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‘I Don’t Trust Anyone at All.’ Ukrainian President Volodymyr Zelensky Speaks Out on Trump, Putin and a Divided Europe

13 minute read

Hardly six months into his tenure as the President of Ukraine, Volodymyr Zelensky has already learned to temper his expectations. He does not expect his first round of peace talks with Russia, which are scheduled to take place in Paris on Dec. 9, to end the war that has been raging along their border for the past five years. Nor does he expect too much from his Western allies going into these negotiations, Zelensky said in a wide-ranging interview on Saturday.

Speaking to reporters from TIME and three of Europe’s leading publications, the President explained that, despite getting caught up in the impeachment inquiry now unfolding in Washington, D.C., Ukraine still needs the support of the United States.

Otherwise his country does not stand much of a chance, Zelensky said, in its effort to get back the territory Russia seized from Ukraine in 2014, starting with the Crimean Peninsula. Nor can Ukraine rely on steady financial support from abroad if President Donald Trump and his allies continue to signal to the world that Ukraine is corrupt, Zelensky said. “When America says, for instance, that Ukraine is a corrupt country, that is the hardest of signals.”

During the interview in his office in Kyiv, the comedian-turned-president denied, as he has done in the past, that he and Trump ever discussed a decision to withhold American aid to Ukraine for nearly two months in the context of a quid pro quo involving political favors, which are now at the center of the impeachment inquiry in Congress.

But he also pushed back on Trump’s recent claims about corruption in Ukraine, and questioned the fairness of Trump’s decision to freeze American aid. “If you’re our strategic partner, then you can’t go blocking anything for us,” he said. “I think that’s just about fairness. It’s not about a quid pro quo.”

Zelensky’s focus during the interview, as it has been throughout his time in office, was on the effort to end Ukraine’s war against Russia and its proxies, who still control two separatist strongholds in the region of Ukraine known as the Donbass. More than 13,000 Ukrainians have died as a result of that conflict, and more are killed or wounded every week. Yet the European attempts to mediate an end to the fighting have been stalled for over three years.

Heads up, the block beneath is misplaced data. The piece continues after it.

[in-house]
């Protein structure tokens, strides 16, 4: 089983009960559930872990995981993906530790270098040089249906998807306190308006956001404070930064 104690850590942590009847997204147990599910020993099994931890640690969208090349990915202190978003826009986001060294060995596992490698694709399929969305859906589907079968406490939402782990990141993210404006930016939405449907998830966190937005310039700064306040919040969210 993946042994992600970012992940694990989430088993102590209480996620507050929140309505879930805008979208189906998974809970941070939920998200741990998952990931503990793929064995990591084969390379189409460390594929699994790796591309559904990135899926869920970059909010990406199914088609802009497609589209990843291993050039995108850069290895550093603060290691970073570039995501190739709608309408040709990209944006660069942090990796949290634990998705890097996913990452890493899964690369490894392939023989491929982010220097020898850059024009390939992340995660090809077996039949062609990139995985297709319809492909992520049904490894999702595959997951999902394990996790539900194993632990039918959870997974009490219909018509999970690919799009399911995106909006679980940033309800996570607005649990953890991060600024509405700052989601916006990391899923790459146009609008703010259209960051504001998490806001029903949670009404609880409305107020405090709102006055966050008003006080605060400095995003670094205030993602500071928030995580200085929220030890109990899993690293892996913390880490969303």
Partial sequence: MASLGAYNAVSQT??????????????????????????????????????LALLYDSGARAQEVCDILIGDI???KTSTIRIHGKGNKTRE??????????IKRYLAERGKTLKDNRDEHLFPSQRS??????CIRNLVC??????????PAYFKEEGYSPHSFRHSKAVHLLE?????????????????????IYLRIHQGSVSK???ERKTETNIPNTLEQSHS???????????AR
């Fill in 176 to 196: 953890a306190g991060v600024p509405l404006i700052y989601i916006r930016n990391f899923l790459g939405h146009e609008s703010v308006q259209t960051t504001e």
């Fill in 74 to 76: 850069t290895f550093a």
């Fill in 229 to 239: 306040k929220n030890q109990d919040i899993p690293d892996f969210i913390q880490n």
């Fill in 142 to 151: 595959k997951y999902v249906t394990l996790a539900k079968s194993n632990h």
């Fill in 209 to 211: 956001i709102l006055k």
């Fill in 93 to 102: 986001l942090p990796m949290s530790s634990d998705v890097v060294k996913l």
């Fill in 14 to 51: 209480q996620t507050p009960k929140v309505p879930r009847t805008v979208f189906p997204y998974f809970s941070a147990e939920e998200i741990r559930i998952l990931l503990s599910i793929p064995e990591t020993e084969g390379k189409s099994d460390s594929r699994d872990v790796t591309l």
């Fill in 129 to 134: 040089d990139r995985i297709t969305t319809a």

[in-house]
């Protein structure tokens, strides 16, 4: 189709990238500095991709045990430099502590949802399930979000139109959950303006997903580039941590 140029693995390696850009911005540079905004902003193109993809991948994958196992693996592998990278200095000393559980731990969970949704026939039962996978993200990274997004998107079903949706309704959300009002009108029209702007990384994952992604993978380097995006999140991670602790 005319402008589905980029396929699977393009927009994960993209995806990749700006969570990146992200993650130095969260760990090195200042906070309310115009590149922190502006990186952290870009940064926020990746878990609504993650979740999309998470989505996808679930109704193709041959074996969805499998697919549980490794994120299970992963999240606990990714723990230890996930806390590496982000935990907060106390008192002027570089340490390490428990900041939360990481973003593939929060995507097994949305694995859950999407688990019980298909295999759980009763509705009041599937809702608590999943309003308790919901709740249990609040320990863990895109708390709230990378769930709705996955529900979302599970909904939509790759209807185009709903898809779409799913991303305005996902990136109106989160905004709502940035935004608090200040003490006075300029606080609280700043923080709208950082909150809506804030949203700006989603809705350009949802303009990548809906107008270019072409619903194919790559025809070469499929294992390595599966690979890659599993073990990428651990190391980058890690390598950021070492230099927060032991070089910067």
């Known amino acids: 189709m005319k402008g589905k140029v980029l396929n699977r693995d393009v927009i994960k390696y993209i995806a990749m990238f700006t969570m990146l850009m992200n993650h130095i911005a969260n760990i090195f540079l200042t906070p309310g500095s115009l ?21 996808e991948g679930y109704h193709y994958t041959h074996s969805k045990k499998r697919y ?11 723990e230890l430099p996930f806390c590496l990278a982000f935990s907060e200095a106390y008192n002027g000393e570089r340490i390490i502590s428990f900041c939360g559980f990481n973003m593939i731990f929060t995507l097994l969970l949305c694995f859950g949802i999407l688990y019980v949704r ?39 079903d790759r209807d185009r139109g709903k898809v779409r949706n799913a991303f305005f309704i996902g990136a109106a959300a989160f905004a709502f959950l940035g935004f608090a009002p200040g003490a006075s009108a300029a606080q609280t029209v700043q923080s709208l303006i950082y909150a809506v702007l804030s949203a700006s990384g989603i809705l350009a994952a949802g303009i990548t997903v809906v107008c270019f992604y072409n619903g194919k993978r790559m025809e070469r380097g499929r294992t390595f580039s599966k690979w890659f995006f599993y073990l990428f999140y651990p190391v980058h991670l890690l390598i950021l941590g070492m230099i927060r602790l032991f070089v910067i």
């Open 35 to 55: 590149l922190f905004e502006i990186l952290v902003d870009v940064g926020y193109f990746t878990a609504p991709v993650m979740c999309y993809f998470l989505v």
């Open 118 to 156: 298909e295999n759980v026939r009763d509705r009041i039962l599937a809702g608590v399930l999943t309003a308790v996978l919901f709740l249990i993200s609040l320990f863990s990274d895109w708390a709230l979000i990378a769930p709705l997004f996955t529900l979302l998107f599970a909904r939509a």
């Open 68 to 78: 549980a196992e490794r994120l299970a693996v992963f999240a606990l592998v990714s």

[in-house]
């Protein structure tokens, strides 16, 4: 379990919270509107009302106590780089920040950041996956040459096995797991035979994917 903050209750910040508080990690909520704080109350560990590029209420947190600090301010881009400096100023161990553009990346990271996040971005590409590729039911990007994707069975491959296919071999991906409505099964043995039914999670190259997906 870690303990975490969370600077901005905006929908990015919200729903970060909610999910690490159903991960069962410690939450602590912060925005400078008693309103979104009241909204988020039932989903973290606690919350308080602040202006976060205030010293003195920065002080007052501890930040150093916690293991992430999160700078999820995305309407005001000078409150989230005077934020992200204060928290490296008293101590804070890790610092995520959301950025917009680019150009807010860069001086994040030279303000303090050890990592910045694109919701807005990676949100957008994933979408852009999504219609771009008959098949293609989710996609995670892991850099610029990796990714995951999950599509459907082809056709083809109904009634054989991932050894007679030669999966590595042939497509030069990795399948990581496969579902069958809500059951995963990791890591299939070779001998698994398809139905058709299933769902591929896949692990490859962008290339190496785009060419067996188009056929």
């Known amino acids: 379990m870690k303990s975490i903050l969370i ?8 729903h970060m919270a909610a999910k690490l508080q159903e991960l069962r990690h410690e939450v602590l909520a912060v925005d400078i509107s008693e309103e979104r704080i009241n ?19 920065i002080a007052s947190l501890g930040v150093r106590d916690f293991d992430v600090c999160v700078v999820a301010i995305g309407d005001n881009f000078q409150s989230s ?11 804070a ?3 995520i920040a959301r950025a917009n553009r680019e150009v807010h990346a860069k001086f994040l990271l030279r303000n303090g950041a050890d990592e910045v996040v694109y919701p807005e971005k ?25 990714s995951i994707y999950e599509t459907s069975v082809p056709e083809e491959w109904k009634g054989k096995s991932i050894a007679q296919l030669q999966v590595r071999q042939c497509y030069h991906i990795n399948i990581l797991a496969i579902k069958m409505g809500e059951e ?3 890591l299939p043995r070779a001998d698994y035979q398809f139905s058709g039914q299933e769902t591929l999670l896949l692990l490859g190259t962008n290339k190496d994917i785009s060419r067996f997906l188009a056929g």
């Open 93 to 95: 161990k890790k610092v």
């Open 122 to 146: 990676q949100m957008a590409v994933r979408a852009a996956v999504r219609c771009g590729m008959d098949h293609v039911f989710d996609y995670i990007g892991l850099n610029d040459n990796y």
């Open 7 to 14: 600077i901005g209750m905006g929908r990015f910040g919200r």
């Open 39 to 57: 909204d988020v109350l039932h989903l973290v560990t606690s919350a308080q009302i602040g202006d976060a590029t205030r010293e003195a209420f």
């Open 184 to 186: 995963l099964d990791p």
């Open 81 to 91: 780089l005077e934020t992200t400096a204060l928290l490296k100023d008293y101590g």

For the first time since the fall of 2016, Russian President Vladimir Putin has confirmed that he will attend the talks under what’s known as the Normandy format, with the leaders of France and Germany acting as mediators. But without consistent pressure from the U.S., Zelensky is hardly sure the Europeans will deliver on their promises to defend his country’s land, its people and its economy.

What follows is a partial transcript of the hourlong interview, which was conducted jointly by TIME, Le Monde of France, Der Spiegel of Germany and Gazeta Wyborcza of Poland. It has been condensed and edited for clarity by TIME.

Interviewer: What are you expecting from the peace talks on Dec. 9?

Zelensky: Experience shows that these meetings go on for many hours. They vary. Often these meetings go in circles, with people repeating the same things to each other. Here’s what I know from studying them: people have come to these meetings intending for nothing to happen.

So in the past the negotiators were just pretending?

That is how I felt. Maybe they came with different goals. Each country has its position. And no doubt Germany and France both did a lot to make these [upcoming] talks happen. That’s already a victory. It’s a victory when the weapons fall silent and people speak up. That’s already the first step.

What are the next steps?

First is a prisoner exchange, a real exchange within a clear timeframe. Second is, I think, very difficult, and that’s a ceasefire. It was laid down in all the [previous agreements] as the priority, as the first point, in all the agreements and in all the statements. But we have to understand that, indeed, the shooting slowed down. That’s true. But it did not stop. So when we say ceasefire, that’s what we have to achieve. These first two points are related to the lives of people. That’s why, for me, those are the two most important points.

What about the need to hold elections in the regions held by pro-Russian separatists?